But most of all, you loved your walks.  Twice a day, you paced the hall and ran to the back door, in and out and in and out until I got the message – Walk Time!  It didn’t matter if my breakfast eggs were just at the perfect consistency, or my dinner had just come out of the oven, or my favourite TV show was ten minutes from the end of the season finale – when you said it was time to walk, it was time to walk.  Every Single Day.  A couple of kilometers in the morning, another kilometer at night.



Sunrise walks were the best – you’d drag me out of bed by ringing the little bell on your xpen, enthusiastically eat your breakfast, and tell me Let’s Go!  I’d grab the camera, gulp a few sips of coffee, pull on some jeans and a jacket over my pjs, and we’d be on our way to the waterfront to watch the fishing boats go out and the sun spill pots of  reds and yellows and purples across the bay.

You loved your walks.  Until a week ago, when you could no longer even walk across the street and the sunrise strolls ceased.

You had a Swan Song Monday, but Tuesday your body and spirit began to ease their grasp on each other. And so for most of the past two days, we cuddled, you and I – your head against my shoulder, your breath soft on my face, you sound asleep in the safety of my arms, me half awake stroking your soft fur.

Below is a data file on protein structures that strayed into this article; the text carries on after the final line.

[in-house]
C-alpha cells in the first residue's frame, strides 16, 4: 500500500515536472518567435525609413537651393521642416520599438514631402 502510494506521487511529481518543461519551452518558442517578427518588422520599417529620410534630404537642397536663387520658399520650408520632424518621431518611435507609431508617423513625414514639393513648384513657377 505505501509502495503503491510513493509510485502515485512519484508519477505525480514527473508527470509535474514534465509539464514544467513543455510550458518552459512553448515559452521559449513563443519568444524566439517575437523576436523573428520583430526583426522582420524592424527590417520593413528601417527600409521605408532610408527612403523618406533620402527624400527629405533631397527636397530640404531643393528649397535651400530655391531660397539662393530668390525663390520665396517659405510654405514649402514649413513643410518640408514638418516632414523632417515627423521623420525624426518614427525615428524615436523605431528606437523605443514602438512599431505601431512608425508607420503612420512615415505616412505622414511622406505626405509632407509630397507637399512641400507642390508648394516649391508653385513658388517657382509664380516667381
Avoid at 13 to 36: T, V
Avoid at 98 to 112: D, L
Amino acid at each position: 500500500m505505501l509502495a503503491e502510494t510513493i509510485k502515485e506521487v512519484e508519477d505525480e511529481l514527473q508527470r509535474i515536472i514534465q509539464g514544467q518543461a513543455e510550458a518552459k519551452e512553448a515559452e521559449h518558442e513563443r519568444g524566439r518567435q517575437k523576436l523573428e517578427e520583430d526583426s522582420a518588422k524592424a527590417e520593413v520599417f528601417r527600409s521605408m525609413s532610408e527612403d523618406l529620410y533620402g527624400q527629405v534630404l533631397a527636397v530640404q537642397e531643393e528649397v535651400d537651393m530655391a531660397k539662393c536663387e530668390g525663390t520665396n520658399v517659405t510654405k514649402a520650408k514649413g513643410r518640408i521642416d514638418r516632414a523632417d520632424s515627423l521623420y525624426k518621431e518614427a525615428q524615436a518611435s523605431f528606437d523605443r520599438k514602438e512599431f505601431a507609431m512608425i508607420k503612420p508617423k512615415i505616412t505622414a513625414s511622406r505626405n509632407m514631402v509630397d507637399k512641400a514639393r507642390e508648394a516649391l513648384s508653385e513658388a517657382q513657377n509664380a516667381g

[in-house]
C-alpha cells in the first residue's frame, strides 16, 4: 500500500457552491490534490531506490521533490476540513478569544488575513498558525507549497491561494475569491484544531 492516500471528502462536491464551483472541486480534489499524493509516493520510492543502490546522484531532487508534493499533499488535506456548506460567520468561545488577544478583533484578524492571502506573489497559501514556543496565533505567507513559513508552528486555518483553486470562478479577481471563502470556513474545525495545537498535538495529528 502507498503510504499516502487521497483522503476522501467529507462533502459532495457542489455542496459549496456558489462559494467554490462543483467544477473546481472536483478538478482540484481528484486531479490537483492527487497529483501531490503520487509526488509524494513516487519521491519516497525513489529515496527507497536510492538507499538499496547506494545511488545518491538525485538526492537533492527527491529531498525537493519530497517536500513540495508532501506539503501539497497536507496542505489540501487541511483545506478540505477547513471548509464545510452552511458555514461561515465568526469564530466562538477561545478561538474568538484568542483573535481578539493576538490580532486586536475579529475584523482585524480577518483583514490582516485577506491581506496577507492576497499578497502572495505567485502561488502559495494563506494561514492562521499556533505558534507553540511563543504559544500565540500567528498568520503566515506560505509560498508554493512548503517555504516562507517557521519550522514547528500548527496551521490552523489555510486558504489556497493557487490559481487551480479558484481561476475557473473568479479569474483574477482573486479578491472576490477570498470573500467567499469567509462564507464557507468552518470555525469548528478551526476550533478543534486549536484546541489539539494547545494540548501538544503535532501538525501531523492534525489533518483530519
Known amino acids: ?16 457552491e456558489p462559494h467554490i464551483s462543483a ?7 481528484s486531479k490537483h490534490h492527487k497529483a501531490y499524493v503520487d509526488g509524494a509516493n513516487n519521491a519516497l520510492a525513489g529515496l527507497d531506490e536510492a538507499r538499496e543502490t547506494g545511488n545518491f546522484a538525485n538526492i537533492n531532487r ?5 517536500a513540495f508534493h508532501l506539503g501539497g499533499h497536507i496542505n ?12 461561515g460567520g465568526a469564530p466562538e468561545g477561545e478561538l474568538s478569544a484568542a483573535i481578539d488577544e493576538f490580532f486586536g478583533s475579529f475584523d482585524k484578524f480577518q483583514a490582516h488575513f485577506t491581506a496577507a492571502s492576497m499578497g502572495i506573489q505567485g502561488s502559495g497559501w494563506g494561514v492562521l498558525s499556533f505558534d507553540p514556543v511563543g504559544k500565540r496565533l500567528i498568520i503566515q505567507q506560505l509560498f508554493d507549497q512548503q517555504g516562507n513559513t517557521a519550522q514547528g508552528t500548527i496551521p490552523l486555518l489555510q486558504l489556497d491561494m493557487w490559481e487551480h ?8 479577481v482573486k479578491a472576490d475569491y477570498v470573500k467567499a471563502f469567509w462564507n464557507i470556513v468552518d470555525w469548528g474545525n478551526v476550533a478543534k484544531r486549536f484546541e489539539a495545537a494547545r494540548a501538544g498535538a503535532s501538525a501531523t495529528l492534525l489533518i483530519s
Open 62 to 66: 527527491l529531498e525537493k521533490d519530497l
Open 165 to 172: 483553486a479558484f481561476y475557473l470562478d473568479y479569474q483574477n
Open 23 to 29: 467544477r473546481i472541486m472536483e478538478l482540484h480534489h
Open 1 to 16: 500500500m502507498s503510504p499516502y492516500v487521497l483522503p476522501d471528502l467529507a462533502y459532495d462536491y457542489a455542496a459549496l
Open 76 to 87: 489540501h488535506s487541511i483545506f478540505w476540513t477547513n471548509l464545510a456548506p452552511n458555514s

I was not ready to lose you, but you were ready to go.  Thank you for being a part of my life.  I love you more than these words can express, more than all the sunrises the world has ever seen.  And I shall never watch another sunrise without thinking of you, my sweet sunrise sheltie. 



To those involved in Shiloh’s rescue:  Katie, Wendy, Joanne and Julie – thank you.  Without your help and love, Shiloh and I would not have had those 17 wonderful months together.  I am forever in your debt. Just as she touched my heart, I know she touched yours too.   

Wednesday, April 1, 2015

They Know



I have never had dogs who were best buddies in the sense of playing together or sleeping together.  But in the last waning days of one of their lives, the other dogs (and even the cat) have always watched over them and lain close by.  Charley watched over Caleb, Sadie watched over Charley and Belle and Oliver, Eddie watched over Sadie....and now Mitzi and Eddie are watching over Shiloh.  She has not awakened for the past twelve hours. 

Monday, March 30, 2015

A Rather Tough Few Days